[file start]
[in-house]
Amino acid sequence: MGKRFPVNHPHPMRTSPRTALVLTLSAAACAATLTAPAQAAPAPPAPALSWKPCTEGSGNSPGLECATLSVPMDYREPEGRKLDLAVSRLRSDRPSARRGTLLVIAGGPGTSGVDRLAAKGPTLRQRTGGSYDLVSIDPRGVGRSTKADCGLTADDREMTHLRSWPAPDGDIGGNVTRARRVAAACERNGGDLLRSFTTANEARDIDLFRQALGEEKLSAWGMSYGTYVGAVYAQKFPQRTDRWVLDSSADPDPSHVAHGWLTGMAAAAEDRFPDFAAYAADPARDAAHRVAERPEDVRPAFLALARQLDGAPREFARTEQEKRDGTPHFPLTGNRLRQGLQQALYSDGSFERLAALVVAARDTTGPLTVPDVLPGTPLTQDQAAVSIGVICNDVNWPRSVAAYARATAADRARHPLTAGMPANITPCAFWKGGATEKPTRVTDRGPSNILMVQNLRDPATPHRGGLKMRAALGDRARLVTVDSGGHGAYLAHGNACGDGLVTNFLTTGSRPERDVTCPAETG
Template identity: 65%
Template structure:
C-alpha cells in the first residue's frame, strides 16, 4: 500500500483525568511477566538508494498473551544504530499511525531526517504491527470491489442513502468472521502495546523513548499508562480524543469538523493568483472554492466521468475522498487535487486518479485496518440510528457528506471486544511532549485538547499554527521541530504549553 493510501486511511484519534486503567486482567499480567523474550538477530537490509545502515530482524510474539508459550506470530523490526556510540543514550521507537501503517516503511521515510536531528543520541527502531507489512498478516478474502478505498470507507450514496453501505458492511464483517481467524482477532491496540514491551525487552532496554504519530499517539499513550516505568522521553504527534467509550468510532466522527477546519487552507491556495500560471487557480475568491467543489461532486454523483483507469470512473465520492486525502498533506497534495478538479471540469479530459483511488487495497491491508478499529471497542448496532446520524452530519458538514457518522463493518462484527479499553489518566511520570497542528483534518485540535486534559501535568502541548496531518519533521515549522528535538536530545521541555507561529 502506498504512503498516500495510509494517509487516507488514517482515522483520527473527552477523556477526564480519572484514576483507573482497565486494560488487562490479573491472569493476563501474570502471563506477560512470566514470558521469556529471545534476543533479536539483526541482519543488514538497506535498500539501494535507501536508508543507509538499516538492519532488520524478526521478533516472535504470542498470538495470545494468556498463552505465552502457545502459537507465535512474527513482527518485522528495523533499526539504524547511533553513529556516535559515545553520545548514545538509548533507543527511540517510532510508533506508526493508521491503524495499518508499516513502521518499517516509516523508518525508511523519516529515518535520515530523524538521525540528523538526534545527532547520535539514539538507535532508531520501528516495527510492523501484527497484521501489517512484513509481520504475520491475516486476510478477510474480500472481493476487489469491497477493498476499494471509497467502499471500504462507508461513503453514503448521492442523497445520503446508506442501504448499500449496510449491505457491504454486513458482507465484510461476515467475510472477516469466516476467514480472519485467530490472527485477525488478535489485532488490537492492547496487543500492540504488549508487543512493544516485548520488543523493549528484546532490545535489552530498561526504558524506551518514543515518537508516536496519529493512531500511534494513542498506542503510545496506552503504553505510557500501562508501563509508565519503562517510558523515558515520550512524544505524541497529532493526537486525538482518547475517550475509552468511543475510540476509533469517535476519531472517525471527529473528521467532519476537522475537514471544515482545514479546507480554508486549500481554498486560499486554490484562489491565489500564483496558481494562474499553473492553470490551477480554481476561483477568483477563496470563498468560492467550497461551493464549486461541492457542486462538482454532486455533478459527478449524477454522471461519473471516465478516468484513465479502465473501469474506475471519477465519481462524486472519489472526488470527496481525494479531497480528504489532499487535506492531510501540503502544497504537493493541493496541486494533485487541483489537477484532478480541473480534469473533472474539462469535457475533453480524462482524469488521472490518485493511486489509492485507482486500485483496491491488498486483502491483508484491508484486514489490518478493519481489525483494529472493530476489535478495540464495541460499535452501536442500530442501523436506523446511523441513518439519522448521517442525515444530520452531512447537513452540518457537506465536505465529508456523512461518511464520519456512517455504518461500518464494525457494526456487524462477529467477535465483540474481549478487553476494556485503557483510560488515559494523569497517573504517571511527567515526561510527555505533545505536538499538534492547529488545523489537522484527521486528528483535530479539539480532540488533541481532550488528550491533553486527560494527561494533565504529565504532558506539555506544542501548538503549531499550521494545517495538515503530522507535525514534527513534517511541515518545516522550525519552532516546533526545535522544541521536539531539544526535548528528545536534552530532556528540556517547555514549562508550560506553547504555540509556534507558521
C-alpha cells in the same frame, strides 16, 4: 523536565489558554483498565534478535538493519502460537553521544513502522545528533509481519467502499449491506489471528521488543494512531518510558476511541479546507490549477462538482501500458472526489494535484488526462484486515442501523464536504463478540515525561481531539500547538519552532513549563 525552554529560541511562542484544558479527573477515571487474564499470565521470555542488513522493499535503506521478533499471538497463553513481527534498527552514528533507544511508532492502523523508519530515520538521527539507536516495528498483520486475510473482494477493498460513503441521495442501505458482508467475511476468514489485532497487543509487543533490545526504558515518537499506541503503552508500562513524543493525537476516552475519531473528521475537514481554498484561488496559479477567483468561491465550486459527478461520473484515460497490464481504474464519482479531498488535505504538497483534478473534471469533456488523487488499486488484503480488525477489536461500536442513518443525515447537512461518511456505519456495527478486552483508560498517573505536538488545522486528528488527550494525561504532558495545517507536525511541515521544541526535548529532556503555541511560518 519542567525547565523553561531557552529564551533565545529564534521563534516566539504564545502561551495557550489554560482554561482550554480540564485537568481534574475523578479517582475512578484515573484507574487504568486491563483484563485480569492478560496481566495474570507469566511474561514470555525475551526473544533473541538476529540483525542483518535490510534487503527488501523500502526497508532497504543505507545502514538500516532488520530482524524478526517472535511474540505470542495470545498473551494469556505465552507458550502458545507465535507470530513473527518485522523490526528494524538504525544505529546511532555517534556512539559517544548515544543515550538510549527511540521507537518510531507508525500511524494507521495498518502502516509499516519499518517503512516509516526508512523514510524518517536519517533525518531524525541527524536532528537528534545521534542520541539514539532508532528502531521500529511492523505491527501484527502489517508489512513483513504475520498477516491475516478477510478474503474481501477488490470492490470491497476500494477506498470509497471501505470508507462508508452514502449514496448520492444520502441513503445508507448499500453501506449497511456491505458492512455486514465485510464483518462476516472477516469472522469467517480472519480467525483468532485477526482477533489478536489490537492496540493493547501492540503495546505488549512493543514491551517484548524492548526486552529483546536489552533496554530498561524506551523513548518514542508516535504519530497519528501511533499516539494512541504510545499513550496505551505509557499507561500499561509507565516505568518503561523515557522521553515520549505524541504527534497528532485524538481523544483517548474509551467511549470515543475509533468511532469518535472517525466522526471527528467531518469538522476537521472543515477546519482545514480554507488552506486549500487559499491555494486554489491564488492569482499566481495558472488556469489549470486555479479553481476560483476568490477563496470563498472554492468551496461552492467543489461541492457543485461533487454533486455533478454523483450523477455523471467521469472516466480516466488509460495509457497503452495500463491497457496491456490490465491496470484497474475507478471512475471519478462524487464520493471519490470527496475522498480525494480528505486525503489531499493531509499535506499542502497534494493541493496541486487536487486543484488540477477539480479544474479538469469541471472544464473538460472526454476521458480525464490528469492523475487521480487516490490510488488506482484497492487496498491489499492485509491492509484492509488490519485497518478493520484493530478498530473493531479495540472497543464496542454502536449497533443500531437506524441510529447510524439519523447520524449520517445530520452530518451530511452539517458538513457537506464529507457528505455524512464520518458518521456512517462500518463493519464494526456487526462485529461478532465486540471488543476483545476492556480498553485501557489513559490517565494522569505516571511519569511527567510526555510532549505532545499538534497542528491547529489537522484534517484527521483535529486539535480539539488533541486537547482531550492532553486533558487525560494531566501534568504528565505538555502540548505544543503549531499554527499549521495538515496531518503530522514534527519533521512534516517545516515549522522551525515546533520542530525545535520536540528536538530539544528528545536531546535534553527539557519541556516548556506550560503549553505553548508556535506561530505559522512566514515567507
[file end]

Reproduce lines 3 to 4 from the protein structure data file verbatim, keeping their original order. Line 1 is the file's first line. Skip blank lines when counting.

Template identity: 65%
Template structure: